public Address(Address.Init init)
        <>_line1 = init.Line1;
        <>_line2 = init.Line2;
        <>_line3 = init.Line3;
        <>_county = init.County;
        <>_state = init.State;
        <>_country = init.Country;
        <>_zipCode = init.ZipCode;

    // Business methods as normal

// In another class
Address addr = new Address(new Address.Init
    Line1=“10 Fairview Avenue”,
    Line3=“Makebelieve Town”,
    County=“Mono County”,

That’s the simple case, of course. Issues:

  • Unlike other compiler-generated types (anonymous types, types for iterator blocks, types for anonymous functions) we do want this to be public, and have a name which can be used elsewhere. We need to find some way of making sure it doesn’t clash with other names. In the example above, I’ve used an attribute to indicate which type is used for initialization – I could imagine some way of doing this in the “pre-transform” code to say what the auto-generated type should be called.
  • What happens if you put code in the setter, instead of making it automatically implemented? I suspect that code should be moved into the setter of the initialization class – but at that point it won’t have access to the rest of the state of the class (beyond the other properties in the initialization class). It’s somewhat messy.
  • What if you want to add code to the generated constructor? (Possibly solution: allow constructors to be marked somehow in a way that means “add on the initialization class as a parameter at the end, and copy all the values as a first step.)
  • How can you indicate that some parameters are mandatory, and some are optional? (The mandatory parameters could just be marked as readonly properties rather than initonly, and then the initialization class specified as an extra parameter for a constructor which takes all the mandatory ones. Doesn’t feel elegant though, and leaves you with two different types of initialization code being mixed in the client – some named, some positional.)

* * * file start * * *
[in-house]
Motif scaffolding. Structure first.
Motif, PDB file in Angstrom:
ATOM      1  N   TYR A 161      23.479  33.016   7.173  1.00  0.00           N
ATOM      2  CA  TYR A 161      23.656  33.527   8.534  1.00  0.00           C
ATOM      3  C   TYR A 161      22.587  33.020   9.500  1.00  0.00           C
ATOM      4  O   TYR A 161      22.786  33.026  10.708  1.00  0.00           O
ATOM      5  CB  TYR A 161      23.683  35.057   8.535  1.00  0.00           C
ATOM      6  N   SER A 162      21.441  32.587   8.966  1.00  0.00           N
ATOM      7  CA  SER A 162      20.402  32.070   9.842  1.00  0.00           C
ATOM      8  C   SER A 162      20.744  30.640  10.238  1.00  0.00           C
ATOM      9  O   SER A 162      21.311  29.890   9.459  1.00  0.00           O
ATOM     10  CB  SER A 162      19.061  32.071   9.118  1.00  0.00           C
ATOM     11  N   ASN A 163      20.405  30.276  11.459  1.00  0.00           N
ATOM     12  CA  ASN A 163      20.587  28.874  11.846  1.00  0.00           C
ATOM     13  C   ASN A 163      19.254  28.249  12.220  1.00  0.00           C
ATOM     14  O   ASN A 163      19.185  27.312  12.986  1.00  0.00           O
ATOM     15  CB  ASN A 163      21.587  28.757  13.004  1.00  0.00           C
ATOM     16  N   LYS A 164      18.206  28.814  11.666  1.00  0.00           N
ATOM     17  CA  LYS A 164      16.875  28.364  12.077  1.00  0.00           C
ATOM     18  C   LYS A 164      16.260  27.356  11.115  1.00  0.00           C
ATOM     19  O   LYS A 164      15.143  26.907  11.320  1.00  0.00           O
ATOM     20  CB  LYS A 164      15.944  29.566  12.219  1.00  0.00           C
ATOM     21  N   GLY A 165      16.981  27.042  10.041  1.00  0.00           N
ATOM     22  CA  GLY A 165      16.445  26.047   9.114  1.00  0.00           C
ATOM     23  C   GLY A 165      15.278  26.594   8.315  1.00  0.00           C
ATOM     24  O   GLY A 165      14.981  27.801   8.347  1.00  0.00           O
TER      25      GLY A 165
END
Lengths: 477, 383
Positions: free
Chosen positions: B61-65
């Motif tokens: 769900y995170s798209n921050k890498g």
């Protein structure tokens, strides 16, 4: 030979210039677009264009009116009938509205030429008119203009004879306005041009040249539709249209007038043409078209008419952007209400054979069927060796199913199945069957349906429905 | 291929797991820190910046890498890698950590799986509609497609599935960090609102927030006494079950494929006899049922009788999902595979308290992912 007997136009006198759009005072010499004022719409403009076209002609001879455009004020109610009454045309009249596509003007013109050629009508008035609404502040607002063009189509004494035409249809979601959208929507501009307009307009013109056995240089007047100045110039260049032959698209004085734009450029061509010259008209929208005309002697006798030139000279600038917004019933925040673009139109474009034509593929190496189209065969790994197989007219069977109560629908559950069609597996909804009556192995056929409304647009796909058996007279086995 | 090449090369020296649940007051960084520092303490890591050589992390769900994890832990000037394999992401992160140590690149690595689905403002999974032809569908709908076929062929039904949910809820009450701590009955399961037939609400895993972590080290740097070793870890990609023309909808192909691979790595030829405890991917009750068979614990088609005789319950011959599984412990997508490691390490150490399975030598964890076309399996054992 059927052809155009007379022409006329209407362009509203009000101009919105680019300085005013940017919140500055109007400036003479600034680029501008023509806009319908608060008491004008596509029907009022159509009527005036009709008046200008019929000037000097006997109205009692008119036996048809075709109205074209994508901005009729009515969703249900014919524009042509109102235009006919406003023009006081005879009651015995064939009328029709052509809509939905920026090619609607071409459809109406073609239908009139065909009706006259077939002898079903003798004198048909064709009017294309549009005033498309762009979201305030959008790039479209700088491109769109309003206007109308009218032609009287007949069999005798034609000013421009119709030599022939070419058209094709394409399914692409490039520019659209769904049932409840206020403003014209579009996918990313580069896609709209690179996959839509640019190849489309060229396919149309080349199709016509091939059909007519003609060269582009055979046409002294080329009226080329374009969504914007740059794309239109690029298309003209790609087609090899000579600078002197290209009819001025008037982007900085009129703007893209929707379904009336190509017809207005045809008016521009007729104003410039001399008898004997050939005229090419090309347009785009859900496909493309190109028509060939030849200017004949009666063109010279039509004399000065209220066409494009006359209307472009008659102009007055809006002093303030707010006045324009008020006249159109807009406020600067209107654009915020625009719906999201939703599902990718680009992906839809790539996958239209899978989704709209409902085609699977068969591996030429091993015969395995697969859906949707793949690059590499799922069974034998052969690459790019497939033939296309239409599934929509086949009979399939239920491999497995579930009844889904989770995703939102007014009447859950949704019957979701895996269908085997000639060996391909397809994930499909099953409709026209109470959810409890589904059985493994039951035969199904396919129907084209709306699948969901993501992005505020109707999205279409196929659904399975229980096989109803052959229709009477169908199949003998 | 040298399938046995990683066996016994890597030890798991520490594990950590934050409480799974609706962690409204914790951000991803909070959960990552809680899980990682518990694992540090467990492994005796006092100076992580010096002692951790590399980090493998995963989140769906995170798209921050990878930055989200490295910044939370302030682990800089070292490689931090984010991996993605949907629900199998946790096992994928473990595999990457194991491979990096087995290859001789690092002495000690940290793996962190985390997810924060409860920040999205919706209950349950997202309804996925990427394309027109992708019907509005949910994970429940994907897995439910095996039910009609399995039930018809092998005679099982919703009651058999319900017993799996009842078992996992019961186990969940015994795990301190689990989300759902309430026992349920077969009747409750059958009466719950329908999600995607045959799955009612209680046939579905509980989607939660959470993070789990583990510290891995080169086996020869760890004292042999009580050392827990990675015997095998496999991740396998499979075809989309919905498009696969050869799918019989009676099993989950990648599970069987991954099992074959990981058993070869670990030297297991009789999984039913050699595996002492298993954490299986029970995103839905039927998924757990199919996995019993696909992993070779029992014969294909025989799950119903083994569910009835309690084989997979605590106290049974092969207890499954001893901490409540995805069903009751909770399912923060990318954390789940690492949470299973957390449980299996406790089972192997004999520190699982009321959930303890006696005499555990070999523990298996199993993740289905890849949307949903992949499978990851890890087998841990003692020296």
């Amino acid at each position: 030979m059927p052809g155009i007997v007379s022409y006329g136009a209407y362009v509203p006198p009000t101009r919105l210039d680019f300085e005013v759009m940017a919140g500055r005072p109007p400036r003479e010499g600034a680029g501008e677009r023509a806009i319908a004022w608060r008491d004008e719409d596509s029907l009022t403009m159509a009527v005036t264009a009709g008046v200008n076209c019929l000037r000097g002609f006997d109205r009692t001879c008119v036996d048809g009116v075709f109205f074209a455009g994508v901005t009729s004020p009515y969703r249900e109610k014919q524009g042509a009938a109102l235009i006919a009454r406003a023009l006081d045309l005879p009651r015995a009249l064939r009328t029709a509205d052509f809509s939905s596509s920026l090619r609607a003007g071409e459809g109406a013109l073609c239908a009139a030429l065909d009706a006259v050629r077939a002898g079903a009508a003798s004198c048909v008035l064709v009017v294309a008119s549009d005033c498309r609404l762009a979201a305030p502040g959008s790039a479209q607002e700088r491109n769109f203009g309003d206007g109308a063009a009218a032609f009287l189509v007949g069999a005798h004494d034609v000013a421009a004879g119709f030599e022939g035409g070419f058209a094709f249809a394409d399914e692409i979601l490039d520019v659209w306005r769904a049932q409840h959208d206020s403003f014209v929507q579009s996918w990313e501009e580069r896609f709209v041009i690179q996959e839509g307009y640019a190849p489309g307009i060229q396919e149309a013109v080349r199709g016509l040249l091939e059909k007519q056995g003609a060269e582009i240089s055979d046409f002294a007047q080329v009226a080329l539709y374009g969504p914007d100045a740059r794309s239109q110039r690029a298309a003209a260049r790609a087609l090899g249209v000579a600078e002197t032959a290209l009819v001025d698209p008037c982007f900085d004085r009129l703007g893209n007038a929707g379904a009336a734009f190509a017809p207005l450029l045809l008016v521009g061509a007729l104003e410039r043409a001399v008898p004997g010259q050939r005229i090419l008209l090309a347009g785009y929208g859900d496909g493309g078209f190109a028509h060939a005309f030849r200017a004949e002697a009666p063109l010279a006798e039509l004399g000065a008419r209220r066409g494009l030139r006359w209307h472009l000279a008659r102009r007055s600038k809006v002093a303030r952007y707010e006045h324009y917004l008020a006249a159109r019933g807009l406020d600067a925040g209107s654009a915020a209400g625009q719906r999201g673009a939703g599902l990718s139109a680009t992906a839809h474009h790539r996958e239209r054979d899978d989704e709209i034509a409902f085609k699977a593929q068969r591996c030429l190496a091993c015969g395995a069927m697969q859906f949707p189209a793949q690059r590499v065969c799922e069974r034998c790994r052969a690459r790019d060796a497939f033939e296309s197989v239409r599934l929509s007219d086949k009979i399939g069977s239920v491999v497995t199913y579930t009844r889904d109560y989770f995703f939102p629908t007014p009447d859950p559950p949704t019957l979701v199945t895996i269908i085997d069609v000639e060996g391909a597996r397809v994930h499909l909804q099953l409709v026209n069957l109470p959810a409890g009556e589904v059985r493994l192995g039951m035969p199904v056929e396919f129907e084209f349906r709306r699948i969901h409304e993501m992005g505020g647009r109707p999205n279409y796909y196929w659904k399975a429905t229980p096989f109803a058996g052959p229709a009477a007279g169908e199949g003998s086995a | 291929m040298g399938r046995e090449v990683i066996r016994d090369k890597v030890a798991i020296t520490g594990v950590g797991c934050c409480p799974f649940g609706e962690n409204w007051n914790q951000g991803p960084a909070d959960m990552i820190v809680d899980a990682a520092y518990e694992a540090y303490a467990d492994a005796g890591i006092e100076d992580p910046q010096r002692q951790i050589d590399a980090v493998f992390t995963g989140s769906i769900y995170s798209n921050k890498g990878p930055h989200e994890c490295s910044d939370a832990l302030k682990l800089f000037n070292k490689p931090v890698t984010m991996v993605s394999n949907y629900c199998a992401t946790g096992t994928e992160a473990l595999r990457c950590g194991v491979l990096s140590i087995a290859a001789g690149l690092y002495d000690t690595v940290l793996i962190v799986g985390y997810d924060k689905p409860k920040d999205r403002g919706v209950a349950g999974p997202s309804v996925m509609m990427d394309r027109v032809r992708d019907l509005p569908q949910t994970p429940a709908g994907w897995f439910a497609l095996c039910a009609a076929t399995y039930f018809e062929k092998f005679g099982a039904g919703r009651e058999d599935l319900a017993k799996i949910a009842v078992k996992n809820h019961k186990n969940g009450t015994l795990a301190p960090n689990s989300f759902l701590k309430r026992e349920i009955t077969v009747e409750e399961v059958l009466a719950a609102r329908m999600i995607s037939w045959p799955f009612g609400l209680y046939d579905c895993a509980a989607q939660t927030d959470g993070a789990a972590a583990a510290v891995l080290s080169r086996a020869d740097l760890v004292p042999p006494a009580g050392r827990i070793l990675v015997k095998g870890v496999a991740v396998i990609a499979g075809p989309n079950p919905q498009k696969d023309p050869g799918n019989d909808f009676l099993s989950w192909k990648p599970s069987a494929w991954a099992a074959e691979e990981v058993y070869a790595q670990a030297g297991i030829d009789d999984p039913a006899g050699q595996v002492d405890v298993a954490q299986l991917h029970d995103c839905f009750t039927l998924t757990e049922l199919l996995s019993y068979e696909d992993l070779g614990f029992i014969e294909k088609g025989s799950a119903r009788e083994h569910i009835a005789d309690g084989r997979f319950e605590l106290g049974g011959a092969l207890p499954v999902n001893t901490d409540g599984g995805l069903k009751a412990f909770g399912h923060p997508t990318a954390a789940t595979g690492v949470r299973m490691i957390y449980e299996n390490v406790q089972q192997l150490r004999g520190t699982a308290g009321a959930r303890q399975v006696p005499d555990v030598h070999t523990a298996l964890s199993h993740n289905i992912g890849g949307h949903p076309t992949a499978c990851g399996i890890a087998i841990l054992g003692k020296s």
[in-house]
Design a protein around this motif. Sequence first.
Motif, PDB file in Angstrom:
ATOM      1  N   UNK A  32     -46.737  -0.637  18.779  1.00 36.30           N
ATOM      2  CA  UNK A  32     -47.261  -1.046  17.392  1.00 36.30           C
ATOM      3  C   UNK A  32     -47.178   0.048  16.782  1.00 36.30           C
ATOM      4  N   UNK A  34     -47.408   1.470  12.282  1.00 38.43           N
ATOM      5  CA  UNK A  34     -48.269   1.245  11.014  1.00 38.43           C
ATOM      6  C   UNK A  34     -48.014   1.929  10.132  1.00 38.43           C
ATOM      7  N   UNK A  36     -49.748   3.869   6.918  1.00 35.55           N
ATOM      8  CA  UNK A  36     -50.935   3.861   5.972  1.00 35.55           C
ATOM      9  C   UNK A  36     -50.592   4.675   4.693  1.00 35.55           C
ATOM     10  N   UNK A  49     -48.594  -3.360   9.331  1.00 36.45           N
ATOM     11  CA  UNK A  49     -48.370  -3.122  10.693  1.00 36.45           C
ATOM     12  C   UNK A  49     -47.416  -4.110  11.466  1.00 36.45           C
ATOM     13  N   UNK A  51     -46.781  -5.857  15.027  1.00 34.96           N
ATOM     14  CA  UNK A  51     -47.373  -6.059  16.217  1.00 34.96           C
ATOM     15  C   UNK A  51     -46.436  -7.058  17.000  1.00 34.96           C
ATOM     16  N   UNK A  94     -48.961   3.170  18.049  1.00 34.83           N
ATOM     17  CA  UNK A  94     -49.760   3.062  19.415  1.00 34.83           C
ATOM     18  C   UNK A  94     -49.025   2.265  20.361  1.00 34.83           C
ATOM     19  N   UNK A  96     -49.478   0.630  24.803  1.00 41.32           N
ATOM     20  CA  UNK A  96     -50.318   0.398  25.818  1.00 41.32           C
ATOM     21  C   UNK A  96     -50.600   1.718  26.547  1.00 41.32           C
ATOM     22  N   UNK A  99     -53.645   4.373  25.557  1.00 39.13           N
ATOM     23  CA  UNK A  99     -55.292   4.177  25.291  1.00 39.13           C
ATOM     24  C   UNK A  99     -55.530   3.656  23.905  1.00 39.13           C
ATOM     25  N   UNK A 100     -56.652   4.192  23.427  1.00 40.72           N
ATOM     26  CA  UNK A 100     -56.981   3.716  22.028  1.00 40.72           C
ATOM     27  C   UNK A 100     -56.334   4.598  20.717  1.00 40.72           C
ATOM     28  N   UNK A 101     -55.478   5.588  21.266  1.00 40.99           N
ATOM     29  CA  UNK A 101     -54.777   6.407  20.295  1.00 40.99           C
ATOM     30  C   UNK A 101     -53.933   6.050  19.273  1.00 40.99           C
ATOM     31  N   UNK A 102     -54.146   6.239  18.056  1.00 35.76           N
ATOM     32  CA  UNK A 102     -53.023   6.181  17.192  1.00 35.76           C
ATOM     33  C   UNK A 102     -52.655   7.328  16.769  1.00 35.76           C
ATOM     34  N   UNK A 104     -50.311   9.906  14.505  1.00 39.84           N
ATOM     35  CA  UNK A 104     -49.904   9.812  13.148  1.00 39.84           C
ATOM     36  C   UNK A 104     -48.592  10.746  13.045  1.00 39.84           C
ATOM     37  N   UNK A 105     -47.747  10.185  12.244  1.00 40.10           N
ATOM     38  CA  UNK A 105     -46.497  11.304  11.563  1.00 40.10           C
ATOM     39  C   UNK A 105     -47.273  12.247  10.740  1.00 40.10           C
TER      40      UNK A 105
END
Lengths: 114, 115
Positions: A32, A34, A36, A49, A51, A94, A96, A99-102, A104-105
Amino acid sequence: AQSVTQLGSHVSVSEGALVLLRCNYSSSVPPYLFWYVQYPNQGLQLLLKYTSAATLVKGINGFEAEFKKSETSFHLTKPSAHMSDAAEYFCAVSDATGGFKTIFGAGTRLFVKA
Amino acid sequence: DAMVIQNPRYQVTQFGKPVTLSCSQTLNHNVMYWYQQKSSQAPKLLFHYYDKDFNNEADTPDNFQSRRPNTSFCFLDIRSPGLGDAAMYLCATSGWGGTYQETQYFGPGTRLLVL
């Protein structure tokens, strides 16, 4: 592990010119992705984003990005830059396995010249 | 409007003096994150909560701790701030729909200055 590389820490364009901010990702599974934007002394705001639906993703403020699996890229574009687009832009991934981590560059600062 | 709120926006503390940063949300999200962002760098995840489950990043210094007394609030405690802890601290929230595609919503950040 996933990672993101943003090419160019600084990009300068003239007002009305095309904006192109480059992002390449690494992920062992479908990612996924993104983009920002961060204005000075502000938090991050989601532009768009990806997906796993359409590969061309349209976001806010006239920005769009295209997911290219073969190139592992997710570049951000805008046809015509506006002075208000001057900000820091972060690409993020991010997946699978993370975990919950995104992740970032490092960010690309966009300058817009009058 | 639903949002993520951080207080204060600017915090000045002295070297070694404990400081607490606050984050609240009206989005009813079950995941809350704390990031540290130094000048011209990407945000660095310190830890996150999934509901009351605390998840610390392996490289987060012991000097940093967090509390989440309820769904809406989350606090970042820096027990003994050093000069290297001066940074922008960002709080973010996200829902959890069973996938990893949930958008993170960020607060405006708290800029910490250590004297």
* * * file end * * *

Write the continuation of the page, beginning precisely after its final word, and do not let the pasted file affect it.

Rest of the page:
• How do you specify default values? (They probably end up being the default values of the automatically generated properties of the initialization class, but there needs to be some syntax to specify them.)

I suspect there are more issues too – but I think the benefits would be great. I know the C# team has been thinking about immutability, but I’ve no idea what kind of support they’re currently envisioning. Unlike my previous ideas, which were indeed unpalatable for various reasons, I think this one has real potential. Mind you, given that I’ve come up with it after only mulling this over in “spare” time, I highly doubt that it will be a new concept to the team…

C# 4 idea: Iterator blocks and parameter checking

Iterator blocks have an interesting property: they defer execution. When the method (or property) is called, none of your code is executed – it only starts running when MoveNext() is first called.

Deferred execution is a great thing in many ways, but it’s a pain when it comes to parameter checking. If you check parameters within an iterator block, you’ve effectively left a timebomb – the error will be potentially reported a long way from the original source of the problem. (Side-note: this is why I prefer using a cast to as when I know what type something really should be – I’d rather get an InvalidCastException immediately than a NullReferenceException later on.)

One solution to this is to check the parameters in the public method and then call a private method which is implemented with an iterator block. That’s a bit ugly though. It would be nice to be able to specify the parameter checking in an initial block which could only occur at the start of the method – something like this simple implementation of Repeat:

public static IEnumerable<TResult> Repeat<TResult>(TResult element, int count)
    yield do
        if (count < 0)
            throw new ArgumentException(count);
    for (int i=0; i < count; i++)
        yield return element;

I’ve chosen yield do for two reasons: it fits in with the rest of the yield pattern, and by using an existing keyword I suspect it reduces/eliminates the chance of this being a breaking change. It’s not ideal from the point of self-description, but do is the closest keyword I could find when I looked at the spec. In a language with begin as a keyword, that would probably be a better choice – or initial. fixed appeals in that the code is fixed in the method rather than being shunted off into the compiler-generated type, but the normal use of fixed is far too different to make this an appealing choice. Any other suggestions are very welcome :)

Is this an important enough change to make it worth including in C# 4? I’m not sure. The negative side is that I suspect relatively few people use iterator blocks much, so it may not have a very wide benefit. The positive side is that it only actually makes any difference to those who do use iterator blocks, and I believe almost all of them would find it a welcome addition. It’s simple to understand, and it makes iterator blocks much easier to use in a “correct” manner when any form of initial checking is involved.

Note, mostly to myself and Marc Gravell: I haven’t checked, but I suspect most of Push LINQ is broken in this respect.

Further note to self – I really need to fix my code formatter to treat yield as a contextual keyword.